Friday, January 04, 2008

On The Tenth Day Of Christmas

On the tenth day of Christmas, my true love (Television) gave to me...ten dead people.

Yeah, it's that time in the awards show....sorry....the list of lists that my 12 Days Of Christmas posts really are, to do the obituary montage. Now obviously there were a lot more than ten prominent TV people who left us in calendar 2007, and if you want a far more complete list that I am going to provide, check out TV Squad and my good friend "Tele-Toby's" great blog Inner Toob.

So what am I doing with this list? Basically I have picked out ten people who, for one reason or another, have either had great significance for me in my life as a TV viewer or for one reason or another were (in my oh so humble opinion) towering figures in the history of the medium. I'll try to give some explanation but I will tell you right now, inclusion on this list is extremely arbitrary and is in no particular order.

Charles Lane (January 26, 1905-July 9, 2007): One of the great grouchy old men, whether it was in Frank Capra's movies, working with his good friend Lucille Ball on a number of her films and TV shows, or as the prototypical flint-hearted businessman, Homer Bedloe on the TV series Petticoat Junction, Charles Lane was one of the great character actors. Primarily known on TV for his comedy work he was equally comfortable in dramatic parts, particularly later in life. He was a founding member of both the Screen Actors Guild and the Academy of Television Arts and Sciences. Honoured at the TVLand Awards on his 100th birthday, he stated "In case anyone's interested, I'm still available!" Apparently someone called because his last IMDB credit is as the narrator in a 2006 animated short, The Night Before Christmas.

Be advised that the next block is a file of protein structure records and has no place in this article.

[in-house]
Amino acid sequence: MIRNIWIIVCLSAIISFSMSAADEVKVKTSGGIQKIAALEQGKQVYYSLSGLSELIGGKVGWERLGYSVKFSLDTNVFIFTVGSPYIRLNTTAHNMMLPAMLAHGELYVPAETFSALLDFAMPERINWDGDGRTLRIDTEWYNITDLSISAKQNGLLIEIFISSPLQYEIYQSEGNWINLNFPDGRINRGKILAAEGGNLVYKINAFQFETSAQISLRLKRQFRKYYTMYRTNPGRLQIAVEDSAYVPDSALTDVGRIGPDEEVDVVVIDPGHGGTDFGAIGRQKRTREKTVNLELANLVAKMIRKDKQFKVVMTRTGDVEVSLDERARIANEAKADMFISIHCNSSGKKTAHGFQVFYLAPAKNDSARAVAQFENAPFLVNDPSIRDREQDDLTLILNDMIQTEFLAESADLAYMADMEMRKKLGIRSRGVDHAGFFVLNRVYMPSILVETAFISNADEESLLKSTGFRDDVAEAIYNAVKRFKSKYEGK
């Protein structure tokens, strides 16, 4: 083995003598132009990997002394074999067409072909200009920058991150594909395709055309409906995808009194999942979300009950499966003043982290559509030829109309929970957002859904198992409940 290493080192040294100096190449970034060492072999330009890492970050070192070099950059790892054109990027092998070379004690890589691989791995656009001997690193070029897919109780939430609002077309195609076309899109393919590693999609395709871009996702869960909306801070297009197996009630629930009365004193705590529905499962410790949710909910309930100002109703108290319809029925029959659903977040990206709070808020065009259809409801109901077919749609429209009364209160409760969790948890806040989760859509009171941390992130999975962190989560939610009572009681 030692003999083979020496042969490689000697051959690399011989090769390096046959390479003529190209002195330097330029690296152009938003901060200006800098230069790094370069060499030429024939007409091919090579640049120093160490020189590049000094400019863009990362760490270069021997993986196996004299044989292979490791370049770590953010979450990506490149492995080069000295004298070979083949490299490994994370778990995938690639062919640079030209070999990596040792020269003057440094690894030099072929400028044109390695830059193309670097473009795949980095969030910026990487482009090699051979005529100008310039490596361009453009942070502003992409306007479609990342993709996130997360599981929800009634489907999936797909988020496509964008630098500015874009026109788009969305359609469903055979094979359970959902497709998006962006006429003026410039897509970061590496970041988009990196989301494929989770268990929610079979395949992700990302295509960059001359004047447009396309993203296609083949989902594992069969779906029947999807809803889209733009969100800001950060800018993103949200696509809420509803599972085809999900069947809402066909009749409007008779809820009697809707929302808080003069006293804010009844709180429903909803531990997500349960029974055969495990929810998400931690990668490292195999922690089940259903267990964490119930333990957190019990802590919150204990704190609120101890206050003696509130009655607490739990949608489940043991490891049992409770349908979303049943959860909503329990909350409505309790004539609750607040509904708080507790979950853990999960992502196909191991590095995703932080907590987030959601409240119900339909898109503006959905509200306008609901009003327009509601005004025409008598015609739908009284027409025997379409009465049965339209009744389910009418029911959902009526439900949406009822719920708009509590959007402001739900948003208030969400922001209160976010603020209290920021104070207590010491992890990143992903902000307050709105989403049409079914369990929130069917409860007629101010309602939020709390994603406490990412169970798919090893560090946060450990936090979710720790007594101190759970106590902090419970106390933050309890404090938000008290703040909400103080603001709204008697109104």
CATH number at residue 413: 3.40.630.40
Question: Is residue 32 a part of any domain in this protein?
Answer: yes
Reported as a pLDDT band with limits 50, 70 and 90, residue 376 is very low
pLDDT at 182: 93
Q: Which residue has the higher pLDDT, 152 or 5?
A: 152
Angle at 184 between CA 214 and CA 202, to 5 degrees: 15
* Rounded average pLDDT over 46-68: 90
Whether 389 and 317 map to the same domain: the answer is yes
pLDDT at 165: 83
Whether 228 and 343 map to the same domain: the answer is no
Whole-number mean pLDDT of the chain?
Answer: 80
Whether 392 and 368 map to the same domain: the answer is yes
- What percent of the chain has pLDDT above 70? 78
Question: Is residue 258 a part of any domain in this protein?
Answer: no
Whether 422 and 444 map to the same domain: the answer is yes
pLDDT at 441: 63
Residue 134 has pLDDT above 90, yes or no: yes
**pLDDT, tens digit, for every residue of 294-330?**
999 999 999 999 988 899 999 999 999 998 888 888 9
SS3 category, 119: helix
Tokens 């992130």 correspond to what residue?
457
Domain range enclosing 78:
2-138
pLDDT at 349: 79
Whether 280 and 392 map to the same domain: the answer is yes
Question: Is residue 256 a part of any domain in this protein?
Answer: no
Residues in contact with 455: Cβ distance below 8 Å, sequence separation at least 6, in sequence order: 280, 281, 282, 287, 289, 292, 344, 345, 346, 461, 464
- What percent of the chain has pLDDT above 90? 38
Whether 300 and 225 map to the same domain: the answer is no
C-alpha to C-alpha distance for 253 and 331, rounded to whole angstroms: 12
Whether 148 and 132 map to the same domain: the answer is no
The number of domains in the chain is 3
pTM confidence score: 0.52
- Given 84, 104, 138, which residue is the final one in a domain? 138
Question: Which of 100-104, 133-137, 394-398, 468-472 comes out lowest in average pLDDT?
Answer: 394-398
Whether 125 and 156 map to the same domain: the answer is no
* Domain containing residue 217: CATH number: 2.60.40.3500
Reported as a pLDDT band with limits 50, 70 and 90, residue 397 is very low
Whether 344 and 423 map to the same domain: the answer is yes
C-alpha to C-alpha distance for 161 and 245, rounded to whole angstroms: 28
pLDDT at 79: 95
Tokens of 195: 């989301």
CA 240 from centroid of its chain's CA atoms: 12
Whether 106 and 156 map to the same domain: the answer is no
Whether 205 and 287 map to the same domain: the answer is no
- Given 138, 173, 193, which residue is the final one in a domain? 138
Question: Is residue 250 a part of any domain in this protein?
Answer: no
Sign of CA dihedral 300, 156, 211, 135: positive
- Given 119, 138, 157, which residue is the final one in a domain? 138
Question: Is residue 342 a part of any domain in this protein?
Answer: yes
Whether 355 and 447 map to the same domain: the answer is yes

Tom Snyder (May 12, 1936-July 29, 2007): One of my favourite talk show hosts, in part because he was an involving (and involved) conversationalist. You usually got the sense that he was at least interested in his guest and unlike Larry King (who Snyder apparently had some animosity towards) you knew that Tom actually read the books. He could bear right in on a guest when necessary or at other times just let them talk. You could tell when Tom really liked a guest. One of the best things that David Letterman did when he came to CBS from NBC was to put Snyder (who had been replaced by Dave at NBC in 1981) on after him. It was joy to just listen to him talk to people but in the opinion of CBS at least the time for his type of talk show had passed and I at least think that television is the worse for it.

Verity Lambert (November 27, 1935-November 22, 2007): The first woman to become a producer at the BBC, and later headed her own production company, Cinema Verity, she will forever be linked with the first series that she ever produced at the BBC – Doctor Who. In fact she passed away one day before the forty-fourth anniversary of the debut of the series.

Merv Griffin (July 6, 1925-August 12, 2007): Merv Griffin was one of the titanic figures of the Television industry. The former big band singer would have been numbered among the most memorable figures in the history of the medium just for his landmark talk show, which ran mostly in the afternoons, except for an unhappy three year period when his show ran on CBS in the late night time slot opposite Johnny Carson. It was after the CBS debacle that he took his show to syndication with Metromedia where it ran until 1984. For most of this time Merv's own production company was creating game shows, of which the two most famous are Jeopardy and Wheel of Fortune. Griffin sold his production company to Columbia Pictures Television in 1984 for $250 million, although he continued to dabble in Television, most recently creating the syndicated game show Merv Griffin's Crosswords, which debuted after his death.

William Hutt (May 2, 1920-June 27, 2007): Though probably best (or only) known to American readers for his performance as Charles Kingman in the third season of the series Slings And Arrows, a generation of Canadians were riveted by his performance as Canada's first Prime Minister, Sir John A. Macdonald, in the 1974 adaptation of Pierre Berton's National Dream. He actually did relatively little film or TV work, but was a fixture at Ontario's Stratford Shakespeare Festival from its beginning in 1953 until 2005. He was recognised as one of Canada's greatest actors of the last half of the 20th Century.